Consistent compassion based on love for God

The heart of the Bible lies in the simplicity of its core message.

The heart of the Bible lies in the simplicity of its core message.

There are two great summaries in the Bible of the conduct that
God expects of mankind. To believers in Messiah, one of them comes to the surface of our thinking rather easily.

Matthew 22:35-40 – And one of them, an expert in the law, asked a question to test him: “Teacher, which command in the law is the greatest? ” He said to him, “Love Yahweh your God with all your heart, with all your soul, and with all your mind. “This is the greatest and most important command. “The second is like it: Love your neighbor as yourself. “All the Law and the Prophets depend on these two commands.”

According to Yeshua, to love God and to love our neighbor is the summary of all of the Law and the Prophets. However, there is another summary in the Old Testament that was spoken to the nation of Israel during one of their most turbulent times in their history.

The second of the great summaries of conduct that God expects of people occurred just prior to the fall of the northern kingdom of Israel in 722 B.C. A prophet by the name of Micah was tasked with lining out the sins of the nation as a witness against them of the impending judgment of God. The book of Micah is one long condemnation of their idolatrous and ungodly practices. Yet, even amidst the darkness of their actions, Micah provides a glimmer of insight: they ultimately knew the right thing to do but insisted on their own ways instead. He ironically presents their case as sarcastically asking, “What does God expect of us? Sacrifices of our animals or even the first born of our children?”

Micah 6:6-7 – What should I bring before Yahweh when I come to bow before God on high? Should I come before him with burnt offerings, with year-old calves? Would Yahweh be pleased with thousands of rams or with ten thousand streams of oil? Should I give my firstborn for my transgression, the offspring of my body for my own sin?

To this foolish complaint, the prophet Micah provides the bedrock of God’s just judgment:

Micah 6:8 – Mankind, he has told each of you what is good and what it is Yahweh requires of you: to act justly, to love mercy, and to walk humbly with your God.

Micah then states what they already knew but were choosing to ignore. They were simply to perform true justice, to seek after merciful interactions with one another, and to be humble in their godly walk. Is this not saying the same thing as “Love God and love your neighbor as yourself?”

Micah could say that God had shown them what was good and what Yahweh expected of them, because he already had during the time of Moses.

  • Deuteronomy 6:5 – “Love Yahweh your God with all your heart, with all your soul, and with all your strength.
  • Deuteronomy 10:12 – “And now, Israel, what does Yahweh your God ask of you except to fear Yahweh your God by walking in all his ways, to love him, and to worship Yahweh your God with all your heart and all your soul?
  • Leviticus 19:15 – “Do not act unjustly when deciding a case. Do not be partial to the poor or give preference to the rich; judge your neighbor fairly.
  • Deuteronomy 5:20-21 – “Do not give dishonest testimony against your neighbor. “Do not covet your neighbor’s wife or desire your neighbor’s house, his field, his male or female slave, his ox or donkey, or anything that belongs to your neighbor.
  • Leviticus 19:18 – “Do not take revenge or bear a grudge against members of your community, but love your neighbor as yourself; I am Yahweh.

When Yeshua stated the greatest commands, he was simply quoting Moses. This then, demonstrates how this simple principle of loving God and loving one’s neighbor is consistent throughout all of Torah: from Moses, to the Prophets, and into the New Testament with the teaching of Yeshua. This is the very basis, and the goal, of all biblical teaching.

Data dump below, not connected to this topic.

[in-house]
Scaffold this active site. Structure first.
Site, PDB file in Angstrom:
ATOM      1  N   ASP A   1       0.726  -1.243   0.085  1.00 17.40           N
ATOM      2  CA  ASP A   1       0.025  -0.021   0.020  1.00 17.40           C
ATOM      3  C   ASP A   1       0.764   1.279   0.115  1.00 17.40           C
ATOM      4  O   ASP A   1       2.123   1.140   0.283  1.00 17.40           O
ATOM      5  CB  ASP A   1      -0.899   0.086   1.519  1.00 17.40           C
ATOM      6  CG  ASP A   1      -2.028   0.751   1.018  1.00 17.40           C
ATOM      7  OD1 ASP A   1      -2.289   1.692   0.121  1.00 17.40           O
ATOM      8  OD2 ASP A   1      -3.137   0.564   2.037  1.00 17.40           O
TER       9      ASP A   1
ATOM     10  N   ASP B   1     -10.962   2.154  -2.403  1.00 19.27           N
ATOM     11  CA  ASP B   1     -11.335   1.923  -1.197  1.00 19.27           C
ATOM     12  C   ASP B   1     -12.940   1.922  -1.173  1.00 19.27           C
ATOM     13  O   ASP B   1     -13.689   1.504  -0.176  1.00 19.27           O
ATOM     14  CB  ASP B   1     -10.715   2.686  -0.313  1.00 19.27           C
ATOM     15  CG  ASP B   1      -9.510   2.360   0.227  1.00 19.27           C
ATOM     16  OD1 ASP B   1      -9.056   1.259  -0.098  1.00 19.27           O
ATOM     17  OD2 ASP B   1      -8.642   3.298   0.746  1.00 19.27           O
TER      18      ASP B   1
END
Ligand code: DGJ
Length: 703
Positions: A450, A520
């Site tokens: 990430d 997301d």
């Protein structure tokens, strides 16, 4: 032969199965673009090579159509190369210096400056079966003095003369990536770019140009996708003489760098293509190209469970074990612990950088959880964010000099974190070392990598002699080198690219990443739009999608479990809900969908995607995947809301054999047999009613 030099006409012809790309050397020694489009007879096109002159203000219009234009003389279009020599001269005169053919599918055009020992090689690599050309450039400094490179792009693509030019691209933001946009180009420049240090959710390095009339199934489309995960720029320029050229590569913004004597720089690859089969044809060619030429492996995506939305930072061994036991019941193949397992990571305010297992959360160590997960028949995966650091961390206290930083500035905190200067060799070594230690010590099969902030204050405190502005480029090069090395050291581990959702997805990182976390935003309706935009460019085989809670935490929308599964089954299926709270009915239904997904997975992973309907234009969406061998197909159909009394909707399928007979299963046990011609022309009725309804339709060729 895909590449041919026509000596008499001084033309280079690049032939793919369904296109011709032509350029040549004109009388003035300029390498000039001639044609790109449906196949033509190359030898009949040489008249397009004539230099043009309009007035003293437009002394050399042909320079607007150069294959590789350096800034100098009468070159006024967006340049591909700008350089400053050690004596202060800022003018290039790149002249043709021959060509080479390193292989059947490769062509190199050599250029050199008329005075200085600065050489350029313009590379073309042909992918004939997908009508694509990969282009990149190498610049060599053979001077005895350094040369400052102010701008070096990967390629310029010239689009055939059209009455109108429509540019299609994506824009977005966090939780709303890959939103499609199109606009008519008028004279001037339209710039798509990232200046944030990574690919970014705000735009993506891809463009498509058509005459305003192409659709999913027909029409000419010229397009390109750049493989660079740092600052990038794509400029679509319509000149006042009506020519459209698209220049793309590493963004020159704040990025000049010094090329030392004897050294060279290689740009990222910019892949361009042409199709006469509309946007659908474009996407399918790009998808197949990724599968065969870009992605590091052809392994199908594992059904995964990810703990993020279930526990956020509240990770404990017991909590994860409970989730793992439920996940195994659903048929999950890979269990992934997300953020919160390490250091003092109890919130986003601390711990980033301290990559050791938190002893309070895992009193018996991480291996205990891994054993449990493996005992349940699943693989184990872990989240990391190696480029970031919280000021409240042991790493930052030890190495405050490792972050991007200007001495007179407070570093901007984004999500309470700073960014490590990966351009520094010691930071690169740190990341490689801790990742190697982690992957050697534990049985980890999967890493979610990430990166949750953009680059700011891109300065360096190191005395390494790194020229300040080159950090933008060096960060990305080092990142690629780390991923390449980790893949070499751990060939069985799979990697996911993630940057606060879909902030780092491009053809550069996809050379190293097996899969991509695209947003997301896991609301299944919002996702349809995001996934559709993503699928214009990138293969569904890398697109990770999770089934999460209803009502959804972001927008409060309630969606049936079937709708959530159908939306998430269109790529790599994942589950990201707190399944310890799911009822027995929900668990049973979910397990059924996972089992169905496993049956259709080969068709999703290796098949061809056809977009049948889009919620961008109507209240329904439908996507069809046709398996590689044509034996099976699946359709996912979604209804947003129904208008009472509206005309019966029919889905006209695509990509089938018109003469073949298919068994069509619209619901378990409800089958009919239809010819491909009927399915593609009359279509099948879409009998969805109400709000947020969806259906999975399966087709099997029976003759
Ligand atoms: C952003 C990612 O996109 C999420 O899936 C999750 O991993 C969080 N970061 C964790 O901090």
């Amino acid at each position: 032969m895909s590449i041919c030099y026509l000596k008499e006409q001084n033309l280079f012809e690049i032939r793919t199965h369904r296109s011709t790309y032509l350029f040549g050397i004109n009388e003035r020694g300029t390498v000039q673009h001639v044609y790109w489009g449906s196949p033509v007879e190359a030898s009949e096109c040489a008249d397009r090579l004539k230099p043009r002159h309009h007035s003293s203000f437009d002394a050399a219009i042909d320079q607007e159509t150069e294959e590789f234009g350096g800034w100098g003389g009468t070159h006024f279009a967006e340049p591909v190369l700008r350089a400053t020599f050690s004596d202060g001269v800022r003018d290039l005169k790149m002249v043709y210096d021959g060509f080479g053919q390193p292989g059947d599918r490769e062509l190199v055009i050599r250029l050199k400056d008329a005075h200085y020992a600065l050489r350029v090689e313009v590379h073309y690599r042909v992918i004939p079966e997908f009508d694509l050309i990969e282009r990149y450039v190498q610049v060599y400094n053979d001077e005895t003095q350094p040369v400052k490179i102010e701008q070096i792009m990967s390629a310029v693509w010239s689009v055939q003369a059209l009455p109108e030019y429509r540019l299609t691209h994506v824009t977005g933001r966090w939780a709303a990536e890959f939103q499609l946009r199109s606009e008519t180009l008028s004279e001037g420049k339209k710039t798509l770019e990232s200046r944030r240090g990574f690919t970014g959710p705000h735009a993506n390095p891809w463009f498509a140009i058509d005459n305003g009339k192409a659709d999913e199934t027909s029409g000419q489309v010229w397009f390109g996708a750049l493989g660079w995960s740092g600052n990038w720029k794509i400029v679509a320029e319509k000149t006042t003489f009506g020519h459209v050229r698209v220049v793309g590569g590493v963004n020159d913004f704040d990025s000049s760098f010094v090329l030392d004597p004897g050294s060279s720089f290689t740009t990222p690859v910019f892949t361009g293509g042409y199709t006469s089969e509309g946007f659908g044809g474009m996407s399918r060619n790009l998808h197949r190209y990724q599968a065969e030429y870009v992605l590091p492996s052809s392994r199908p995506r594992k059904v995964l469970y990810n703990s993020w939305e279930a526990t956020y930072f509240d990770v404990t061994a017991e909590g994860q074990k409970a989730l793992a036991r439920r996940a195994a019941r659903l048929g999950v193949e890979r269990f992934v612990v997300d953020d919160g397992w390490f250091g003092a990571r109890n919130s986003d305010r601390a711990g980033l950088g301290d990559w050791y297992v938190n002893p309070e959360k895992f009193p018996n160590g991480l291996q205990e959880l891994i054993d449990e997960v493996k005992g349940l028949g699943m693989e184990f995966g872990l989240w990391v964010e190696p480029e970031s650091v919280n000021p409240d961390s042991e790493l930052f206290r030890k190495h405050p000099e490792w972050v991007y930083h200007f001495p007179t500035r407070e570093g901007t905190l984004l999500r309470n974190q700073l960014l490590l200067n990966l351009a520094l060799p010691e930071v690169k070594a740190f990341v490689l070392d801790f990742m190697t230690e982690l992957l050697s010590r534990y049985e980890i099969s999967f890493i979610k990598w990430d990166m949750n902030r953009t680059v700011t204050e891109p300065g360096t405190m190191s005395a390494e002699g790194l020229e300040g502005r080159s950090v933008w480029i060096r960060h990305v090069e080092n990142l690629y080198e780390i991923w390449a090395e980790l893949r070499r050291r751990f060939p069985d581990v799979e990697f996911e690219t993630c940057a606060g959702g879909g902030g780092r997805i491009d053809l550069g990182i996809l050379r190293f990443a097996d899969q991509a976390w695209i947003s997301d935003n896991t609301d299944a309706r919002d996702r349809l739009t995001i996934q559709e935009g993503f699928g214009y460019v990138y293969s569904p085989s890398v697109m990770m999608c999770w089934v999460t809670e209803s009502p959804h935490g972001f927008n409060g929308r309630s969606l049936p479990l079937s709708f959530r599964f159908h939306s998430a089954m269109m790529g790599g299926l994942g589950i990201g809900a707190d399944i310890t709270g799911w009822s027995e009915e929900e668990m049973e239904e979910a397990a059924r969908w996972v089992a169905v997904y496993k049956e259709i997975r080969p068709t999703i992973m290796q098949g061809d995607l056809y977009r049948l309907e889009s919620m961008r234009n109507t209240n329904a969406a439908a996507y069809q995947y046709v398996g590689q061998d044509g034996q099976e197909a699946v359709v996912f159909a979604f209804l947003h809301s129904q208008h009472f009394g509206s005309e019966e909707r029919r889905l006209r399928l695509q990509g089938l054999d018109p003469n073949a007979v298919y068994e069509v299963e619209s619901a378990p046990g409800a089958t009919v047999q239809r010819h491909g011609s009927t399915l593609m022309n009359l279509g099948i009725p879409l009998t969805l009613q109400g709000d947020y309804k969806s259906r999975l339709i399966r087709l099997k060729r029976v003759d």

If we are truly to love our neighbor, we must act in just ways, doing what is right by them according to God’s Word. We must also love them by demonstrating mercy when it is in our power to do so. And we must act in these ways with humility because of our respect and honor for God as we seek to walk in his ways.

1 John 4:7 – Dear friends, let us love one another, because love is from God, and everyone who loves has been born of God and knows God.


If you enjoy these daily blog posts, be sure to visit the growing archive of the Core of the Bible podcast. Each week we take a more in-depth look at one of the various topics presented in the daily blog. You can view the podcast archive on our Podcast Page, at Core of the Bible on Simplecast, or your favorite podcast streaming service.

Now also on YouTube, find us at: Core of the Bible on YouTube.

Questions or comments? Feel free to email me directly at coreofthebible@gmail.com.

The center strand of the core of the Bible

Yeshua demonstrated the simplest definition of what the Bible is all about.

Matthew 22:36-40 – “Teacher, which command in the law is the greatest? ” He said to him, “Love Yahweh your God with all your heart, with all your soul, and with all your mind. “This is the greatest and most important command. “The second is like it: Love your neighbor as yourself. “All the Law and the Prophets depend on these two commands.”

Mark 12:28-31 – One of the scribes approached. When he heard them debating and saw that Yeshua answered them well, he asked him, “Which command is the most important of all? ” Yeshua answered, “The most important is Listen, O Israel! Yahweh our God, Yahweh is one. “Love Yahweh your God with all your heart, with all your soul, with all your mind, and with all your strength. “The second is, Love your neighbor as yourself. There is no other command greater than these.”

Luke 10:25-28 – Then an expert in the law stood up to test him, saying, “Teacher, what must I do to inherit eternal life? ” “What is written in the law? ” he asked him. “How do you read it? ” He answered, “Love Yahweh your God with all your heart, with all your soul, with all your strength, and with all your mind;” and “your neighbor as yourself.” “You’ve answered correctly,” he told him. “Do this and you will live.”

It is within these very passages that Yeshua summed up the entire Bible in only two commands: Love Yahweh your God with all of your heart, strength, and mind, and love your neighbor as yourself. Even with this direct reference and simple clarity from Yeshua himself, why do we find this so hard to do?